January 28, 2021
Dear Lynda Barry,
My name is Erin Kim, and I am a 16-year-old who has been inspired by your book, One! Hundred! Demons! Thank you for writing and illustrating such a funny, relatable, and witty story filled with childhood memories and sometimes vain, but happy, dreams. I love your book, a collection of your stories with comics and mixed media art, because it is relatable for everyone: from a moody Gen Z teenager to my English teacher who recommended your book to me. The emotions you felt in your childhood, funny anecdotes, and encounters with valued friends and adults were sentimental, inspiring, and brought me back to my embarrassing, tedious, exhilarating, and sometimes depressing memories.
I know the saying, “don’t judge a book by its cover,” but in the case of One! Hundred! Demons!, it was the cover that piqued my interest and enticed me to start reading. The collage of drawings on yellow legal paper, a cut-out photo of a girl whimsically altered with paint, lace flowers, and an origami cicada drew me into your book. Not only did I love your representations of your demons, portrayed metaphorically as obstacles of life in your writings and literally as four-eyed monsters in your illustrations, but I was also mesmerized by the colors you used. I noticed that in scenes of the book in which you were expressing melancholy feelings, you used cold and somber colors like dark blue, green, and brown to emphasize your sadness. Brighter and warmer colors like orange, red, and pink were used in scenes of your happy, hopeful memories.
A chapter to which I could specifically relate to was “Lost Worlds,” which explored the idea that the world of your childhood no longer exists. The sadness of being unable to revisit cherished memories and emotions with your loved ones struck me as very relatable. Reading the dialogue young Lynda has with her friends and experiencing the delight present in those late-night kickball games in dark alleys, I looked back to myself when I was that age. Walking back home after chatting with my best friends along the streets of Gangnam-gu, Seoul, South Korea, munching on tteokbokki, spicy rice cake snacks sold by affable street vendors, was the daily, happy elementary school life for me.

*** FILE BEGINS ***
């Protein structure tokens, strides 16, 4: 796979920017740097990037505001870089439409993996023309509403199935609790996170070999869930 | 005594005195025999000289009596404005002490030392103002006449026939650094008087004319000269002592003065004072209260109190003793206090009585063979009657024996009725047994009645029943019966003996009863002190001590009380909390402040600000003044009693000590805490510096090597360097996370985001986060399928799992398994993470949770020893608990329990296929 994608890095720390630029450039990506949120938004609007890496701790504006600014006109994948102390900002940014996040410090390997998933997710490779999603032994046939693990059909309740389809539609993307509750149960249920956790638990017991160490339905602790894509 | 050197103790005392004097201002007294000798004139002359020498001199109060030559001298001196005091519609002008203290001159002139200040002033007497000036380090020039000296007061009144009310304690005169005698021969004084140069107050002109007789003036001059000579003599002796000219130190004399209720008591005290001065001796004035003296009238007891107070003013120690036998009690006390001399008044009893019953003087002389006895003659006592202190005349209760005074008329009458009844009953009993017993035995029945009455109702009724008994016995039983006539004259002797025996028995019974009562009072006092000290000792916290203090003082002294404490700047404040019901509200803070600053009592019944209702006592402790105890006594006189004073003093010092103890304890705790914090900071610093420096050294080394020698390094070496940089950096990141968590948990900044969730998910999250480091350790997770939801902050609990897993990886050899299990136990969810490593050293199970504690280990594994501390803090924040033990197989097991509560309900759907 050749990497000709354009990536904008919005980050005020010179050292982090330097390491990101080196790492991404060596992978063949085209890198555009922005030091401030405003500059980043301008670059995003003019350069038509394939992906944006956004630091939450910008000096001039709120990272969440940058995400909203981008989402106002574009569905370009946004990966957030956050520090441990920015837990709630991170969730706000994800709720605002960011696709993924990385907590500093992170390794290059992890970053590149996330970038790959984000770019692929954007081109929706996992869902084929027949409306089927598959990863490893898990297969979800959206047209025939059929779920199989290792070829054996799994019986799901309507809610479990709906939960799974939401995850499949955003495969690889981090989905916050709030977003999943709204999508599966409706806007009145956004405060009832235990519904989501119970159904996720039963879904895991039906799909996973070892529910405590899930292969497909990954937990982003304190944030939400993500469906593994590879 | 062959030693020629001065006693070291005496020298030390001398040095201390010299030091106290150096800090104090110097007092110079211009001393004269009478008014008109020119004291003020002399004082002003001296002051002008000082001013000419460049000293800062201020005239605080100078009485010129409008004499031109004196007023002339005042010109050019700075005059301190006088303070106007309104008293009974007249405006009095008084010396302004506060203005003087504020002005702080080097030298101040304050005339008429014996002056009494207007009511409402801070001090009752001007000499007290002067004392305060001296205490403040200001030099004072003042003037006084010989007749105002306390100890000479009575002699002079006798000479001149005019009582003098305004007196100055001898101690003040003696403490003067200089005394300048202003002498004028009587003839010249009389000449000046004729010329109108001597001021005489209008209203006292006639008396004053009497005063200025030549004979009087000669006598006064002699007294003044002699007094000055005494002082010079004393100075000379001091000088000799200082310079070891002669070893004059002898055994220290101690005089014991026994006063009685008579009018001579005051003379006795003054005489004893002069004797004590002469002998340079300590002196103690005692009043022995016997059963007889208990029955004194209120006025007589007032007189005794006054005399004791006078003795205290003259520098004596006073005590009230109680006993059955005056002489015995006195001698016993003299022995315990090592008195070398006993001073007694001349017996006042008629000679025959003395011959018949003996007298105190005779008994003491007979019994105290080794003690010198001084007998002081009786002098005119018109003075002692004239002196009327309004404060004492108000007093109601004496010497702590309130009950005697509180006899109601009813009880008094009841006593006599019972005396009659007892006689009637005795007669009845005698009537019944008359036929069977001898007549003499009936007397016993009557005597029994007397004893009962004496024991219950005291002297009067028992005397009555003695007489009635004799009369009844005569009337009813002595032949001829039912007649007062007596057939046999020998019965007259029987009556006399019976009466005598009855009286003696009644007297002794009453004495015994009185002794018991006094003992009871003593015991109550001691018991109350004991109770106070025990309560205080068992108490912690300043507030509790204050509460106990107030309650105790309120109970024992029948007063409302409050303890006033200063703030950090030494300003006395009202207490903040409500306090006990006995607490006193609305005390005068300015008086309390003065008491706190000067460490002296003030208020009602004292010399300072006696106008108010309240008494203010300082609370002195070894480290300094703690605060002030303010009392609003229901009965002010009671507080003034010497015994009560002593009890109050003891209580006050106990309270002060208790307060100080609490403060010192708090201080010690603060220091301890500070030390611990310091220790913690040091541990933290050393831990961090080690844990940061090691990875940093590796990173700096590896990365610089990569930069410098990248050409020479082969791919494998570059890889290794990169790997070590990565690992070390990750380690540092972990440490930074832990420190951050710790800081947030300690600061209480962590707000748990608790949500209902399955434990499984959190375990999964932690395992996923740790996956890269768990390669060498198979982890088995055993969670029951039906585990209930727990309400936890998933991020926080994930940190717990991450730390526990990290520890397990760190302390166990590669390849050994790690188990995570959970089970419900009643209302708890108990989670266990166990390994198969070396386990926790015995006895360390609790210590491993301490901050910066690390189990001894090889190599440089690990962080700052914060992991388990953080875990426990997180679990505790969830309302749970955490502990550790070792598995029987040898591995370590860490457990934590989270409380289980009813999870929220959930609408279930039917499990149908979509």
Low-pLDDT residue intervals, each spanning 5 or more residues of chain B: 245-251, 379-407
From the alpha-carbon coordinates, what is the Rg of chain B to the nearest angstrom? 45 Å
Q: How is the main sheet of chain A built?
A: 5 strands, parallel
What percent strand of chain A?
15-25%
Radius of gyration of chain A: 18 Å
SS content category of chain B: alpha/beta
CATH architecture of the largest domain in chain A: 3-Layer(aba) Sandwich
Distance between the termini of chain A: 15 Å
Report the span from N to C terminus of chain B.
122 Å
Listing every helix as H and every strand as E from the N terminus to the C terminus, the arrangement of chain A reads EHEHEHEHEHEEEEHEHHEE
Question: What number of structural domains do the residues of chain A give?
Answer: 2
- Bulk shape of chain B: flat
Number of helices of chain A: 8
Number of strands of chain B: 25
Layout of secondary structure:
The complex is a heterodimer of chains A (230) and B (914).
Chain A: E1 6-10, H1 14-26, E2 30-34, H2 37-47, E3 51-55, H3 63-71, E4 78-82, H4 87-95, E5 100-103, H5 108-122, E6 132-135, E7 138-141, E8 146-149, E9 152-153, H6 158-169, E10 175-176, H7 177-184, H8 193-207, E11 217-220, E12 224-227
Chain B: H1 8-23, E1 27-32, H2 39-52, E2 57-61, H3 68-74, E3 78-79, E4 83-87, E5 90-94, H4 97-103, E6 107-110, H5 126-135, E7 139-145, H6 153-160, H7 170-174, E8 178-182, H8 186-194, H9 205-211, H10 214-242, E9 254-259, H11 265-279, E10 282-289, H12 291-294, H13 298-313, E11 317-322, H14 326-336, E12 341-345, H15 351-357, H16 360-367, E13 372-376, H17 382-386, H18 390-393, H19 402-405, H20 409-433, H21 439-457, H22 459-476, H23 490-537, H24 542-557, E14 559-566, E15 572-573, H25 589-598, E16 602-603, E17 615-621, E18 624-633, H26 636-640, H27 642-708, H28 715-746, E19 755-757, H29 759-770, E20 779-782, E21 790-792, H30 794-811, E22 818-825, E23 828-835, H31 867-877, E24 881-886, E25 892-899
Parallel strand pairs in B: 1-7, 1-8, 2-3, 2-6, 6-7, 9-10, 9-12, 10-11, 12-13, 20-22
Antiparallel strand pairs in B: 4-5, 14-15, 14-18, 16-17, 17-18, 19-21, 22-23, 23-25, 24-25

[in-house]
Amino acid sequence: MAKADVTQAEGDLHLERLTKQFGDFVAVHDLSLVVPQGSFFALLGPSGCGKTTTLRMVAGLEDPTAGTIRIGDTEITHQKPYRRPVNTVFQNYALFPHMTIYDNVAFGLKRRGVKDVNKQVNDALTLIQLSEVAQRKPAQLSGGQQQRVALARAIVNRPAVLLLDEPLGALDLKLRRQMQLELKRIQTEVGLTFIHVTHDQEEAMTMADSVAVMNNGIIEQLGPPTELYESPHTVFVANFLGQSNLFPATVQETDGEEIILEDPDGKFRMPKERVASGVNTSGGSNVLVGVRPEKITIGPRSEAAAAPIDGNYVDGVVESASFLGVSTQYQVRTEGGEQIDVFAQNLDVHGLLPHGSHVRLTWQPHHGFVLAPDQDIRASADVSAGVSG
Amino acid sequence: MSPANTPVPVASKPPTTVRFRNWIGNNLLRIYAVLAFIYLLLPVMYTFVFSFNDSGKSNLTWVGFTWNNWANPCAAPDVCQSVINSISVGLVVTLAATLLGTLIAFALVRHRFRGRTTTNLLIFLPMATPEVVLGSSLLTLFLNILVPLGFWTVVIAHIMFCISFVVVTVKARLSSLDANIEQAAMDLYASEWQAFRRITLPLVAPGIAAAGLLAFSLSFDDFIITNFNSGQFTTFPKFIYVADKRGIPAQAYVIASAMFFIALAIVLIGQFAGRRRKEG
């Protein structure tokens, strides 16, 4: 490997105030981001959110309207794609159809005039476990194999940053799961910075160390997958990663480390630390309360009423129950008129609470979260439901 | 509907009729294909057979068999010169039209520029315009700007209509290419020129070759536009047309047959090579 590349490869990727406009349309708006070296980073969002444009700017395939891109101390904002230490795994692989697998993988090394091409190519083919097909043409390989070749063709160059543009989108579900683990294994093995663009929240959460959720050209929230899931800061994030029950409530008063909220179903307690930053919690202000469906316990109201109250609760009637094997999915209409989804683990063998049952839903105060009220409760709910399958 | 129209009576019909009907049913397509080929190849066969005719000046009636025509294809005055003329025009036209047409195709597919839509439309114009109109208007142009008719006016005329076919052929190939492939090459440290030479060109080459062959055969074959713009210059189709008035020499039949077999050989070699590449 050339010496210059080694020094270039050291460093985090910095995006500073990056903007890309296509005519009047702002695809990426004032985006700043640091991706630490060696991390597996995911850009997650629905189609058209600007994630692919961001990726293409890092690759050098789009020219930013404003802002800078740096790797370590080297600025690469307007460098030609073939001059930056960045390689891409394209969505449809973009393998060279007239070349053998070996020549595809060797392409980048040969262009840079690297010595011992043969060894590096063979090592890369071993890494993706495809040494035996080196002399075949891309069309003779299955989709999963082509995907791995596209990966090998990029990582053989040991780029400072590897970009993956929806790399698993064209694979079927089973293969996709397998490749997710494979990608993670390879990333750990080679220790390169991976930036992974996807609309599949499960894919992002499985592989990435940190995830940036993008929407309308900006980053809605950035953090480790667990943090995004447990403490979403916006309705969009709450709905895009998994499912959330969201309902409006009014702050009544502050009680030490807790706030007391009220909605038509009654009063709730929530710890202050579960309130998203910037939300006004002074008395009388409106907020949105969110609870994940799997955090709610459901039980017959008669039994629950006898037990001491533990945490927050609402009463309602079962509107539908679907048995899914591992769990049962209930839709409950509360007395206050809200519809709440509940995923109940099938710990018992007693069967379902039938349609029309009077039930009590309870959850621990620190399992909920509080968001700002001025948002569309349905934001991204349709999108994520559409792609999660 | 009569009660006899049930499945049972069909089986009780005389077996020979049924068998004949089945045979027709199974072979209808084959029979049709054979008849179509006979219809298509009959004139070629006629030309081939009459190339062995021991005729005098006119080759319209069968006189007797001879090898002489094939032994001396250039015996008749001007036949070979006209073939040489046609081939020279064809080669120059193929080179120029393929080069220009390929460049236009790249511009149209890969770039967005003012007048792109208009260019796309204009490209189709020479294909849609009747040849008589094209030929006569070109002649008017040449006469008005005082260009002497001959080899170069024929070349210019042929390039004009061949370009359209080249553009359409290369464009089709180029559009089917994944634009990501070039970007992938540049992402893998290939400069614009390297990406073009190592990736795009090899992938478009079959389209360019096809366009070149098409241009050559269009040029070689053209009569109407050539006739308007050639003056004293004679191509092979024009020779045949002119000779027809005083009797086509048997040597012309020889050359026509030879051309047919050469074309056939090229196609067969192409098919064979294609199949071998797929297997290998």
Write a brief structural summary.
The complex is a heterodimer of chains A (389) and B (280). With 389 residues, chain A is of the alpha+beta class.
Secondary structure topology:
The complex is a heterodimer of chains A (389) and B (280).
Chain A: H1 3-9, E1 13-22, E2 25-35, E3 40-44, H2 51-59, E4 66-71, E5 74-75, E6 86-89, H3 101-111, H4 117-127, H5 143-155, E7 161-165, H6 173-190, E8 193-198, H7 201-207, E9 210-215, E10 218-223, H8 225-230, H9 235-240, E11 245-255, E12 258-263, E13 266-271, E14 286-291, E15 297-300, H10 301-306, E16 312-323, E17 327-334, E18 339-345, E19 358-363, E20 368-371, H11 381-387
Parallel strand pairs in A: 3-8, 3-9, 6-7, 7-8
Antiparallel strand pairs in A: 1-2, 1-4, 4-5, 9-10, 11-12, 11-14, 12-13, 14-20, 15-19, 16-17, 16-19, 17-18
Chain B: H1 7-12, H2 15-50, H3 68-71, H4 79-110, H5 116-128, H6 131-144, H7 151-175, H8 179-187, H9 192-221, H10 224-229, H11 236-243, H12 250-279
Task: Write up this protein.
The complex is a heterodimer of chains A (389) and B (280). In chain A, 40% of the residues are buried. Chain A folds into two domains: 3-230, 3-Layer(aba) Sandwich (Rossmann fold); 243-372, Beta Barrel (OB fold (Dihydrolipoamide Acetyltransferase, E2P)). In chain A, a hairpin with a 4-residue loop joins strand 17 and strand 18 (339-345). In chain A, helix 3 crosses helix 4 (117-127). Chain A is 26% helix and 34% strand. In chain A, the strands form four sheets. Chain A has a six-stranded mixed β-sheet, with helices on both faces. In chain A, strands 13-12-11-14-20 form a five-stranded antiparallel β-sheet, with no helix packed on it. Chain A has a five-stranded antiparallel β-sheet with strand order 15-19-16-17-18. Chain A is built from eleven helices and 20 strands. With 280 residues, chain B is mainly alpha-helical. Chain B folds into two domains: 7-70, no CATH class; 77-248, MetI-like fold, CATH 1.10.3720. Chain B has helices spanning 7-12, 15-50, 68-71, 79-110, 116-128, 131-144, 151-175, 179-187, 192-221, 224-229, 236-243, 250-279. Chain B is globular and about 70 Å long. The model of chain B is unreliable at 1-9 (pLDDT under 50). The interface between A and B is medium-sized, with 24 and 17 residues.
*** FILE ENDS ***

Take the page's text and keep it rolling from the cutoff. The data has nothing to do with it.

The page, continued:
In the comic you state, as your adult self, that you believed as a child that “the people in the airplanes passing over could see [you] and [think] [you] looked cool.” I was amused by the similarities between young Lynda and myself. Your present self looks back to your “lost” childhood as you sit on an airplane, looking melancholy, ruminating over the past, and harboring regret over not fully appreciating the moments during kickball games. “Big things, yes, but the little things are lost.” As you correctly say, small and joyful memories often go unnoticed and unappreciated because people tend to forget them quickly. This idea closely resembles the phrase, “you only live once,” since there is one opportunity in which we can appreciate the beauty of the moment: the present. Late-night kickball games with your friends might not have been the most important thing that occurred during your childhood years, but those fun moments created a nostalgia that engulfs you, even as an adult. In every chapter, you teach the reader a meaningful lesson, such as this one, that we must live and learn to appreciate the present moment, knowing that we will never be able to restore the happiness felt in the moment.